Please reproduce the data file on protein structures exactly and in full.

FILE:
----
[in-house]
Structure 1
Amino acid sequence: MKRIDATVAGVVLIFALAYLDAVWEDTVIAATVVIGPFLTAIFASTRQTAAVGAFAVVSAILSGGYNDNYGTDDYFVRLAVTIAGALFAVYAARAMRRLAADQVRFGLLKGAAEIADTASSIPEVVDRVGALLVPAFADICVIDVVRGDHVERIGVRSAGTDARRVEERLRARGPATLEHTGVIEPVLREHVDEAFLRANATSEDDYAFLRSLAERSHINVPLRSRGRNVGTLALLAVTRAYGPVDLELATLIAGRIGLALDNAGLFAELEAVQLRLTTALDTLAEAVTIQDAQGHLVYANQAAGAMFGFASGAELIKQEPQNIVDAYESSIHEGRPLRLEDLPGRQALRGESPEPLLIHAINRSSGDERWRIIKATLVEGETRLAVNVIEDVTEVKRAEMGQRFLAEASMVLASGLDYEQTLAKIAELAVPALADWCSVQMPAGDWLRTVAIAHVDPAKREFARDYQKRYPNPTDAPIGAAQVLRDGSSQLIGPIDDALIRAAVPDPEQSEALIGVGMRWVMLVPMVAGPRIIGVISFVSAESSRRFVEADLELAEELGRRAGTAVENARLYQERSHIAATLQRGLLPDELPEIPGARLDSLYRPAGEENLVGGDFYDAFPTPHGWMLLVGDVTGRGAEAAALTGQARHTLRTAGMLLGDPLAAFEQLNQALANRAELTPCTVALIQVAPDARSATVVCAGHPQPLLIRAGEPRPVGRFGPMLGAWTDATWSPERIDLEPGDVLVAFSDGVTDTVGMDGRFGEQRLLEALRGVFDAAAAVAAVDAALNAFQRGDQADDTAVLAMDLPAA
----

[in-house]
Structure 1
Amino acid sequence: MKRIDATVAGVVLIFALAYLDAVWEDTVIAATVVIGPFLTAIFASTRQTAAVGAFAVVSAILSGGYNDNYGTDDYFVRLAVTIAGALFAVYAARAMRRLAADQVRFGLLKGAAEIADTASSIPEVVDRVGALLVPAFADICVIDVVRGDHVERIGVRSAGTDARRVEERLRARGPATLEHTGVIEPVLREHVDEAFLRANATSEDDYAFLRSLAERSHINVPLRSRGRNVGTLALLAVTRAYGPVDLELATLIAGRIGLALDNAGLFAELEAVQLRLTTALDTLAEAVTIQDAQGHLVYANQAAGAMFGFASGAELIKQEPQNIVDAYESSIHEGRPLRLEDLPGRQALRGESPEPLLIHAINRSSGDERWRIIKATLVEGETRLAVNVIEDVTEVKRAEMGQRFLAEASMVLASGLDYEQTLAKIAELAVPALADWCSVQMPAGDWLRTVAIAHVDPAKREFARDYQKRYPNPTDAPIGAAQVLRDGSSQLIGPIDDALIRAAVPDPEQSEALIGVGMRWVMLVPMVAGPRIIGVISFVSAESSRRFVEADLELAEELGRRAGTAVENARLYQERSHIAATLQRGLLPDELPEIPGARLDSLYRPAGEENLVGGDFYDAFPTPHGWMLLVGDVTGRGAEAAALTGQARHTLRTAGMLLGDPLAAFEQLNQALANRAELTPCTVALIQVAPDARSATVVCAGHPQPLLIRAGEPRPVGRFGPMLGAWTDATWSPERIDLEPGDVLVAFSDGVTDTVGMDGRFGEQRLLEALRGVFDAAAAVAAVDAALNAFQRGDQADDTAVLAMDLPAA